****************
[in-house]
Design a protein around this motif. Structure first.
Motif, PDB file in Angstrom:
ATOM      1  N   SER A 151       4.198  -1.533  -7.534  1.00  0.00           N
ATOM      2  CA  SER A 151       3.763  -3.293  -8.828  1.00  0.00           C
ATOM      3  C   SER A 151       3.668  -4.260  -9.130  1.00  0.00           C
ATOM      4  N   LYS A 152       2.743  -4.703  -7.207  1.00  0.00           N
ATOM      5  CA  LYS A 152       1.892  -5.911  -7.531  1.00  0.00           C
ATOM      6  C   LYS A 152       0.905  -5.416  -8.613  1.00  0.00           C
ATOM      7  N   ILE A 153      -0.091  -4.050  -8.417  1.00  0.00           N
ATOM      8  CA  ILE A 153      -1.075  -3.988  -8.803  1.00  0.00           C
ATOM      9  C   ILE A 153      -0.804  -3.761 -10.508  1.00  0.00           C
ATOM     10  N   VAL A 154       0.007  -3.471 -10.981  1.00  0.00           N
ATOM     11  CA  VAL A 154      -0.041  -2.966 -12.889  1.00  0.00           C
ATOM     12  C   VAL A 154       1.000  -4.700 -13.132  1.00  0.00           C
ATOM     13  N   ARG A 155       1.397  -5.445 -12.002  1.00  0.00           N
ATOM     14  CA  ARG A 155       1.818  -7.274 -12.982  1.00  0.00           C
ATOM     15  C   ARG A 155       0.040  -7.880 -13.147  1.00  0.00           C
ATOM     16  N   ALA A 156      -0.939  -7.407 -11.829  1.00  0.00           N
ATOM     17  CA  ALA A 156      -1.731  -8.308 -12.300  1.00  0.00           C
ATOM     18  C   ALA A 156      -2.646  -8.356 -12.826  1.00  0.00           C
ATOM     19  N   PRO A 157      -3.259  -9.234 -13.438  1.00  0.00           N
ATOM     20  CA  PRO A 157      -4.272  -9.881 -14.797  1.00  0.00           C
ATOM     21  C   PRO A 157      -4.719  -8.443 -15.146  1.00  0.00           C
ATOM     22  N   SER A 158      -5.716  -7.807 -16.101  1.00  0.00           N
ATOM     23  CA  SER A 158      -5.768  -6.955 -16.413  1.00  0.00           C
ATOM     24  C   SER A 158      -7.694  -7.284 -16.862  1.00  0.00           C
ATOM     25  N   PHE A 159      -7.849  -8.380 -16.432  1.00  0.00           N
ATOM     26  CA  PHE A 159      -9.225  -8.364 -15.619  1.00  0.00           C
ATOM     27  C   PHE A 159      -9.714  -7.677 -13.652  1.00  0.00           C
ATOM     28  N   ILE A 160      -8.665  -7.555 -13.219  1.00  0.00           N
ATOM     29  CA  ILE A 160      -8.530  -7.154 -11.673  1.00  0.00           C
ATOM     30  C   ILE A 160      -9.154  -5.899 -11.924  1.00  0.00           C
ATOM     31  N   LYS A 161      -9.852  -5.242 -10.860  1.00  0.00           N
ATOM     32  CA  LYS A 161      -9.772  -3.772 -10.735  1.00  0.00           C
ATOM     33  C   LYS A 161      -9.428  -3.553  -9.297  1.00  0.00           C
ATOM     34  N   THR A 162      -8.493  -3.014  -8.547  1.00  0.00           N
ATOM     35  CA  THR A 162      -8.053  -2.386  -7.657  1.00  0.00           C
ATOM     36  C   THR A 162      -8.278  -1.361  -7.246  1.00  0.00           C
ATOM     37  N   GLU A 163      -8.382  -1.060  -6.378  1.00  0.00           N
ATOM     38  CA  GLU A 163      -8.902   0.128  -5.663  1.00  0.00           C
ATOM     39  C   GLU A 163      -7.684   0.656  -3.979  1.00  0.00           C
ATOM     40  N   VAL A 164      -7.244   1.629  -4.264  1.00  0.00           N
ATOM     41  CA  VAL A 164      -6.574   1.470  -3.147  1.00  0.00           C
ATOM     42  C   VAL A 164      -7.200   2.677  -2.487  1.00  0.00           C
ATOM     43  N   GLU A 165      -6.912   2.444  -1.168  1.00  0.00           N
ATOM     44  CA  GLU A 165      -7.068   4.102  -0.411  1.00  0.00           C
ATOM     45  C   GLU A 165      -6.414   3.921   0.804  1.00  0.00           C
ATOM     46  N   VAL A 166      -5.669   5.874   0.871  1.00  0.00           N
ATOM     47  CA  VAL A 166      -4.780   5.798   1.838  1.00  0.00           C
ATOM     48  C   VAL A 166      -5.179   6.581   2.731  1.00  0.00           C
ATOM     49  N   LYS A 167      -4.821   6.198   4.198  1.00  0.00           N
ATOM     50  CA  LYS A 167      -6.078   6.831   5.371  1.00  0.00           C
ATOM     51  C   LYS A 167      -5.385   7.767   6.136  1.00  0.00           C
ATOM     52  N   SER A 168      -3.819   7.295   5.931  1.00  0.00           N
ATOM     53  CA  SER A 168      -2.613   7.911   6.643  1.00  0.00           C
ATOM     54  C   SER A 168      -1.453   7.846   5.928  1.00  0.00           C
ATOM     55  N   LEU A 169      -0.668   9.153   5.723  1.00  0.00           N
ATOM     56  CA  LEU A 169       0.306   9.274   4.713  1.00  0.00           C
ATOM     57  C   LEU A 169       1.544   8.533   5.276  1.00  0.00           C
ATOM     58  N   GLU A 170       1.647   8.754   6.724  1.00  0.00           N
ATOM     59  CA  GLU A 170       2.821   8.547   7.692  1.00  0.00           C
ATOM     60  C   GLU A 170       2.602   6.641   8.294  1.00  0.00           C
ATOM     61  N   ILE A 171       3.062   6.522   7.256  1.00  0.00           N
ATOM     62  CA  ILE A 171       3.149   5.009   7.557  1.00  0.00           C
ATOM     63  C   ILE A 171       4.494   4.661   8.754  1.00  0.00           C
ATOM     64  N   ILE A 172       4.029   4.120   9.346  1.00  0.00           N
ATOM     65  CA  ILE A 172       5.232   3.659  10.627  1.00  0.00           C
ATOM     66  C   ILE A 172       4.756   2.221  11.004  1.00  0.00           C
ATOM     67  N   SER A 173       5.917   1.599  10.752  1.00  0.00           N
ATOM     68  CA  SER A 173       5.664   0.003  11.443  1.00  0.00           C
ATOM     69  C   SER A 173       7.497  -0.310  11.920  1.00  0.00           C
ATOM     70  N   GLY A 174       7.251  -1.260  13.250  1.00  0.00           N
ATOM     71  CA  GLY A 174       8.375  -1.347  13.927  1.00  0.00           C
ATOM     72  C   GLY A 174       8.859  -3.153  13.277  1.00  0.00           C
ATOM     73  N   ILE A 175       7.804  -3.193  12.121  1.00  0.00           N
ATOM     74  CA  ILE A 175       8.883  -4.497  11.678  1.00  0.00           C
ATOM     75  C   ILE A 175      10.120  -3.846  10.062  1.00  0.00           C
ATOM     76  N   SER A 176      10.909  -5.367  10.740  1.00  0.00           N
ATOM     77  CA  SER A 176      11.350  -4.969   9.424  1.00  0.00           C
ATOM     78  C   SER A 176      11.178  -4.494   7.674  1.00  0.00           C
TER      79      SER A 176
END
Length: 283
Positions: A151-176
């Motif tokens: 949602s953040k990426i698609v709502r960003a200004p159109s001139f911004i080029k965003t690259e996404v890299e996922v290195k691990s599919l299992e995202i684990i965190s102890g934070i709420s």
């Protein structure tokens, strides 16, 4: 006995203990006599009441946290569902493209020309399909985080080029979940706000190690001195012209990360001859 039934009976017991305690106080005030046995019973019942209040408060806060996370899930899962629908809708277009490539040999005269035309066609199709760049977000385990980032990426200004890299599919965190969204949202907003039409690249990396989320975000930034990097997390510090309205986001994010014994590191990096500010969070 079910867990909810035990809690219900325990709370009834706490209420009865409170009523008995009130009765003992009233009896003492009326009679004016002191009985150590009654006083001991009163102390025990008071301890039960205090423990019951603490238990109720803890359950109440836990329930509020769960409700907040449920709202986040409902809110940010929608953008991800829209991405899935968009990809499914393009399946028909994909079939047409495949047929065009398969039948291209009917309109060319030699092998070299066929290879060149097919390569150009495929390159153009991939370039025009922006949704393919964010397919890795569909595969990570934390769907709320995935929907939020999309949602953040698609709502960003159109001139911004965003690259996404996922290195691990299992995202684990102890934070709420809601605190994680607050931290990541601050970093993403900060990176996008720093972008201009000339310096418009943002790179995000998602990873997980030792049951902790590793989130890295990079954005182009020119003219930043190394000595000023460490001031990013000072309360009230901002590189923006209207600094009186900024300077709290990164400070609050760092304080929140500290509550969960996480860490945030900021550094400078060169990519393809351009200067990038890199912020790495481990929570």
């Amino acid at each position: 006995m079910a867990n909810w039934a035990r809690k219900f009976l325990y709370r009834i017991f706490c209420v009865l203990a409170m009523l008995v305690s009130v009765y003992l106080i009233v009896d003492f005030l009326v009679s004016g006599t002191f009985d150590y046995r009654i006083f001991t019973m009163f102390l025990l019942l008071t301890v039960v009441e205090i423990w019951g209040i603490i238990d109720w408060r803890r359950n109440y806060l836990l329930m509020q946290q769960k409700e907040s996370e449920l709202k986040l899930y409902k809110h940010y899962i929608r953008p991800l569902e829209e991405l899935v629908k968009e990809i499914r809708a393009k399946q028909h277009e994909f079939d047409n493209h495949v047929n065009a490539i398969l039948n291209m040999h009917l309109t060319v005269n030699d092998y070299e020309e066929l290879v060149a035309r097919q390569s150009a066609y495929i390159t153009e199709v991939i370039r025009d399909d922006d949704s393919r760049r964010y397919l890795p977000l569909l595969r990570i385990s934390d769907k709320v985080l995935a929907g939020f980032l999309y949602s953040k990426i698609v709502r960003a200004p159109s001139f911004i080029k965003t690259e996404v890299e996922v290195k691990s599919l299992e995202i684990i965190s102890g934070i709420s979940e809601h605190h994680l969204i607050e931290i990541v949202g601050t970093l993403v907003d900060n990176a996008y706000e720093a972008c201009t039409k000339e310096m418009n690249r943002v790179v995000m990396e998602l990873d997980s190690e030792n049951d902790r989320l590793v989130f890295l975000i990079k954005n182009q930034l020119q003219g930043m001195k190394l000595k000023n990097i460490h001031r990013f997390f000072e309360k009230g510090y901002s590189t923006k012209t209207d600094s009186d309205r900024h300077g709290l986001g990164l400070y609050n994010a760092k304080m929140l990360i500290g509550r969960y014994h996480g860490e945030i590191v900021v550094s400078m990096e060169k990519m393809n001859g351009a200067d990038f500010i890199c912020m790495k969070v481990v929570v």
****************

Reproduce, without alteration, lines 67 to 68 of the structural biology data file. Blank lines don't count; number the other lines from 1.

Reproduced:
ATOM     64  N   ILE A 172       4.029   4.120   9.346  1.00  0.00           N
ATOM     65  CA  ILE A 172       5.232   3.659  10.627  1.00  0.00           C